Public Safety

Leader in Lebanon gun smuggling gets 27 years in federal prison

Ali Al Herz says he was 'good Samaritan or Robin Hood'

Ali Al Herz
Ali Al Herz

CEDAR RAPIDS — Ali Al Herz admitted to a federal judge Monday that smuggling guns to Lebanon was wrong and against the law, but he thought he was doing “right” to sell guns to people threatened by “terrorists ... and ISIS.”

He thought he was being a “good Samaritan or Robin Hood.”

Al Herz, 51, of Cedar Rapids, identified as a leader of the gun conspiracy, claimed he didn’t keep the money from the gun sales. Instead, he said, he improved roads in Lebanon and did other things to help people.

U.S. District Chief Judge Linda Reade sentenced Al Herz to 27 years in prison, which is three years less than the low end of the sentencing guidelines. He also must serve three years of supervised release after prison and pay a $150,000 fine.

Al Herz pleaded guilty in March to being a prohibited person in possession of firearms, firearms conspiracy, conspiracy to commit money laundering and violation of the Arms Export Control Act, meaning he didn’t have a license to export firearms. His sentencing started earlier in October but had to be continued because it was a lengthy hearing.

Three Al Herz family members also have been convicted for their roles in smuggling weapons in 2014 and 2015.

His son, Adam Al Herz, 23, was sentenced to 20 years in prison. His brother, Bassem Herz, 31, will be sentenced Nov. 7. And Bassem Herz’s wife, Sarah Zeaiter, 24, has been sentenced to seven years.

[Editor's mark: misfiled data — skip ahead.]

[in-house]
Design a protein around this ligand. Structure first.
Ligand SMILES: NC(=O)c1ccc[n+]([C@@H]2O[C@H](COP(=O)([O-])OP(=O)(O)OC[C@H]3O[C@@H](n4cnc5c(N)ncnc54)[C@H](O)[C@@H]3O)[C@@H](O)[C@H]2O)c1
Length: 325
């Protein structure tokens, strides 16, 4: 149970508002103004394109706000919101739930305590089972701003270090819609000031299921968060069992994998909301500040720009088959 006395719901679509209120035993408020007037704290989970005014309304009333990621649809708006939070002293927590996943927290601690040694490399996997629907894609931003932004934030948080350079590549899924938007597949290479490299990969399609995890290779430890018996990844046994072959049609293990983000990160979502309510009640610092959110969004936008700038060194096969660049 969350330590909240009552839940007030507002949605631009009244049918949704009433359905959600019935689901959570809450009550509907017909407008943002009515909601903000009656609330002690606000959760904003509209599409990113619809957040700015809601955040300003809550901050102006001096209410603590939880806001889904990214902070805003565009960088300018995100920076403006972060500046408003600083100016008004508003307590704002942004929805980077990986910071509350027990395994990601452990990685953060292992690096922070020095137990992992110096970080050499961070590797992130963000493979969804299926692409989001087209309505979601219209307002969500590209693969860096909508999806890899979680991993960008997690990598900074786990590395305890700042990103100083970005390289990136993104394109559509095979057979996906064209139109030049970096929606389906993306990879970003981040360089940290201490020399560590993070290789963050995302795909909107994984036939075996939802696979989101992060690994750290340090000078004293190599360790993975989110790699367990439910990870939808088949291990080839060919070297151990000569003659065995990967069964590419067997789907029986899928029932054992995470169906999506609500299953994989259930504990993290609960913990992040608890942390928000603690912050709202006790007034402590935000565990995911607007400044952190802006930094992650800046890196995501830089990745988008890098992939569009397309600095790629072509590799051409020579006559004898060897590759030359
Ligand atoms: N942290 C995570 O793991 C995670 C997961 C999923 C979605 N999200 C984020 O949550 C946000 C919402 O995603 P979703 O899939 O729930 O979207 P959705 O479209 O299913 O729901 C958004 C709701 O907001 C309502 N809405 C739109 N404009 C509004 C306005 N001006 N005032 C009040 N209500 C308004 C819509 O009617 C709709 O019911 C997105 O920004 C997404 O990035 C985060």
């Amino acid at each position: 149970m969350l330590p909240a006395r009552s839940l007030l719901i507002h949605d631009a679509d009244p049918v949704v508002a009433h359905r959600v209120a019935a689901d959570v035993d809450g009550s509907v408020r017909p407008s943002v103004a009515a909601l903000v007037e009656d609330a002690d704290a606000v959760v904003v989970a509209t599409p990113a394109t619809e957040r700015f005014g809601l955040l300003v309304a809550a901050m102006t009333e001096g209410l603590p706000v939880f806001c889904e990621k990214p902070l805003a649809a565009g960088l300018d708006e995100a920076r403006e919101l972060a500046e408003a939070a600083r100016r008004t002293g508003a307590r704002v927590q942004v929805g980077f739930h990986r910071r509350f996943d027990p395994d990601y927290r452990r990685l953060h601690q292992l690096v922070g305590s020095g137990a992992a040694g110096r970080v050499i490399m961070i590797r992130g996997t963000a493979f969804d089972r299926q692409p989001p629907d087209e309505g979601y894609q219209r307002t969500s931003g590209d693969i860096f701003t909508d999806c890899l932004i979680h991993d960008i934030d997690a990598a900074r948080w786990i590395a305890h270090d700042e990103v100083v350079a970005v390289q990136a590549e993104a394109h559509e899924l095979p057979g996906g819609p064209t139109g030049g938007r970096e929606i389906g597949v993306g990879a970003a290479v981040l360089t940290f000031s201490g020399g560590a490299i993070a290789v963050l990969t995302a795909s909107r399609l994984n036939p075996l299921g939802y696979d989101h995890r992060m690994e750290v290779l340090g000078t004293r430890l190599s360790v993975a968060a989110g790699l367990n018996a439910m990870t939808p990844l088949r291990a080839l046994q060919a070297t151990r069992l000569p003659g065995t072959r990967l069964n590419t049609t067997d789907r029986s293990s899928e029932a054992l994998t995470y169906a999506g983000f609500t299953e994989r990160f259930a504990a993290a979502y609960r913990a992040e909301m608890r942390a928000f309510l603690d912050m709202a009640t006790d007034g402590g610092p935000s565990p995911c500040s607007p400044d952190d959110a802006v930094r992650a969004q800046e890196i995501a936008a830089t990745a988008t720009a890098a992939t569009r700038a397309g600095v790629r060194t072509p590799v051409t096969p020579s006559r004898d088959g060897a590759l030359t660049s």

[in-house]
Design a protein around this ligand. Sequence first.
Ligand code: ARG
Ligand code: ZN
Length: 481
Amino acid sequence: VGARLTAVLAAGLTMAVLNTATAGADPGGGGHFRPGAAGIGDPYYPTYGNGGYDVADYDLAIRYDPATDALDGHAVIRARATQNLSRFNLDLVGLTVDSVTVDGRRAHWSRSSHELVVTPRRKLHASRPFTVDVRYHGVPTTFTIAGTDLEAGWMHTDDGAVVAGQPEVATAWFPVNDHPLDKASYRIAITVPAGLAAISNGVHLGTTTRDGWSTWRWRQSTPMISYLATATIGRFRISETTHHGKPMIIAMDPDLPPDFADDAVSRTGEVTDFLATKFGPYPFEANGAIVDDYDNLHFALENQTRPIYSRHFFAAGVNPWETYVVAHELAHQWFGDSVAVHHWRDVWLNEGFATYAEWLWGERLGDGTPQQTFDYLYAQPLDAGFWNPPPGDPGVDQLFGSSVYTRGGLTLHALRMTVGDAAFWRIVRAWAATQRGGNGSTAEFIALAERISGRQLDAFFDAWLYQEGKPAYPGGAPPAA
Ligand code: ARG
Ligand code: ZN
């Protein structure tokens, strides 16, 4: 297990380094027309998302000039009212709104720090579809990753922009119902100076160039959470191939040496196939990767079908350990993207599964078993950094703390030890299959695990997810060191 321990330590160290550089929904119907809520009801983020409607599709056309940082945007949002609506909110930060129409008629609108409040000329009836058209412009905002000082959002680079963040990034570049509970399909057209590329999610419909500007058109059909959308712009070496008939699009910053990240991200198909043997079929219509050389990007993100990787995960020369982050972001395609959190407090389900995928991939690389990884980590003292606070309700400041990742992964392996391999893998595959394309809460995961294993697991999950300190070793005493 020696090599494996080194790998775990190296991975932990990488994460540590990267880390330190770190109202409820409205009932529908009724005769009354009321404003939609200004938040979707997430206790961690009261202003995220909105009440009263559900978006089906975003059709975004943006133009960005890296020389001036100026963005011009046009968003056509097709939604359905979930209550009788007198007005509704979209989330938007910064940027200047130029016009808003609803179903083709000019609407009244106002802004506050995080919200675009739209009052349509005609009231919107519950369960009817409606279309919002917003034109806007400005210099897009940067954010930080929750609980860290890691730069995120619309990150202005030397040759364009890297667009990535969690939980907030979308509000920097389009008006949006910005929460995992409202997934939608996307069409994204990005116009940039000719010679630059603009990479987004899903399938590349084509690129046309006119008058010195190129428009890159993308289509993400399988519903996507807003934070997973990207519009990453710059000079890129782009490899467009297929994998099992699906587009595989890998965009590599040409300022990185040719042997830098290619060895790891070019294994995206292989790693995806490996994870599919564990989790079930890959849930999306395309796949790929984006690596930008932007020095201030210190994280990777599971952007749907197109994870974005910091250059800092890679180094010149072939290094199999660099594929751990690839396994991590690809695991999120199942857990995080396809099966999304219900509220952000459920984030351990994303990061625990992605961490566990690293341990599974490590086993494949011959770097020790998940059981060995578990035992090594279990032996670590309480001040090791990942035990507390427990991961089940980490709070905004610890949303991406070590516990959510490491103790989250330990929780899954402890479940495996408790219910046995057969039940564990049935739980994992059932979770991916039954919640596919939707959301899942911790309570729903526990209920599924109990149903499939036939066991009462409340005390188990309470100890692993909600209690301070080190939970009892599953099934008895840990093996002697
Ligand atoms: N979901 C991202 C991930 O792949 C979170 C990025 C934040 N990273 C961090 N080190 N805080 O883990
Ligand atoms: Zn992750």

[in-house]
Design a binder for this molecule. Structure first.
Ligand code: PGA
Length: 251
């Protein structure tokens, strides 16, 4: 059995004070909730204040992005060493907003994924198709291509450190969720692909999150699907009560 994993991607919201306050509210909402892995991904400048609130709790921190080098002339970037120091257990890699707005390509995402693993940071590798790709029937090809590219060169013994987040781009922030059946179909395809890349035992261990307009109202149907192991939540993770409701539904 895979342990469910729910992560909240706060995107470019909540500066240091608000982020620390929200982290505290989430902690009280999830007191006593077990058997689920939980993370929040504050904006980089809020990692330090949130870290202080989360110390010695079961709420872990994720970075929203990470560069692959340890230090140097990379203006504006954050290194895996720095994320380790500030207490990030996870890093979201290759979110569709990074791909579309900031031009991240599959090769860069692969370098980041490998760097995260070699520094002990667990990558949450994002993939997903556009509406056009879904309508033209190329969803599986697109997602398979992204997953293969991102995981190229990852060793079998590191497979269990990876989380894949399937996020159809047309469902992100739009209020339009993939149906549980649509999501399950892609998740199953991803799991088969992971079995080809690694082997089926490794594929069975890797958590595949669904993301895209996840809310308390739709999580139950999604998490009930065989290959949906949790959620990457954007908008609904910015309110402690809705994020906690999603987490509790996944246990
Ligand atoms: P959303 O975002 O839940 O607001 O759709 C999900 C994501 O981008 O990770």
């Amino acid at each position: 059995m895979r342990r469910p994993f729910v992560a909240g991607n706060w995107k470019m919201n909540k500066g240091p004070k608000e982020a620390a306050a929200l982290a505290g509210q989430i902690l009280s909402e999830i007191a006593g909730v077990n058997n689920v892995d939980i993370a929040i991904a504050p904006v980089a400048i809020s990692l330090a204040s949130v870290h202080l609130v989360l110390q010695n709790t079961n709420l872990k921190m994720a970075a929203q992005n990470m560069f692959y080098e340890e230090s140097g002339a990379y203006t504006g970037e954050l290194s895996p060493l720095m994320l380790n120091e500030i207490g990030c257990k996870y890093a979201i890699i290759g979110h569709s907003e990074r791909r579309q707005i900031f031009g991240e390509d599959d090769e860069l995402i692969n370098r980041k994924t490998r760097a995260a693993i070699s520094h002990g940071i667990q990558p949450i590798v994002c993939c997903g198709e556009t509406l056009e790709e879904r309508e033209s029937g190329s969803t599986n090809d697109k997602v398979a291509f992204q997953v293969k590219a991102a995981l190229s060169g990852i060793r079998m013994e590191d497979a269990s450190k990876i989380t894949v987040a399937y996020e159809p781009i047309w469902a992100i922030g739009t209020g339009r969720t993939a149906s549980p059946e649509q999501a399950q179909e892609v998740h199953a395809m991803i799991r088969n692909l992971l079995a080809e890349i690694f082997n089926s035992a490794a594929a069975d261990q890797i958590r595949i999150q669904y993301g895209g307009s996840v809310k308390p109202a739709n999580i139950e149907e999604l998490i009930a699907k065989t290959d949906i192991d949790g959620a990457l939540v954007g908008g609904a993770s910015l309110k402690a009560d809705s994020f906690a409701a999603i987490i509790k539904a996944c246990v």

The four family members legally obtained weapons and ammunition from dealers in Eastern Iowa, buying an estimated 252 firearms in 17 months, according to previous hearings and criminal complaints. They concealed them within Bobcat construction equipment in shipping containers.


During sentencing, Reade found Al Herz was a leader and organizer of the criminal activity. She also said he made false statements every time he bought a gun and on his permit to carry form because he denied being convicted of domestic violence and about being a marijuana user.

Al Herz also failed to report any income made from selling the firearms, Reade added.

Assistant U.S. Attorney Richard Murphy argued for prison time above the minimum guideline based on the number and types of firearms involved.

Special Agent Timothy Hunt with the Bureau of Alcohol, Tobacco, Firearms and Explosives testified at the previous hearing that Al Herz bought 21 of the 32 military-style assault rifles in the May 2015 shipments. Some of the guns resemble AR-15 rifles. Al Herz also asked one of the dealers if he could get a fully automatic firearm, which are not legal unless someone has a special, rare license, Hunt noted.

Special Agent Christopher Cantrell of the Department of Homeland Security, also testifying at the previous hearing, said Al Herz was responsible for negotiating the sale of the firearms in Lebanon. He wanted to sell them to his cousin, a customs dealer in the region, but Bassem Herz wanted to sell the guns to arms dealers with connections to Hezbollah because they could make more money. The family had a falling out over the issue and split up their transactions at one point.

Murphy, in arguing for more prison time, called Al Herz’s comments — about him being a Robin Hood trying to protect people — “preposterous.” The guns were sold in Lebanon because that’s where the family would make the most profit, he said.

Al Herz contested paying a fine, saying he didn’t have the money. But prosecutors submitted real estate records, showing Al Herz owns property in south Lebanon worth $5.8 million.

Ann Laverty, Al Herz’s lawyer, argued the property was owned by someone else and that he had sold some of the lots for less than appraised value. Laverty also said the records were in Arabic and hadn’t been verified.

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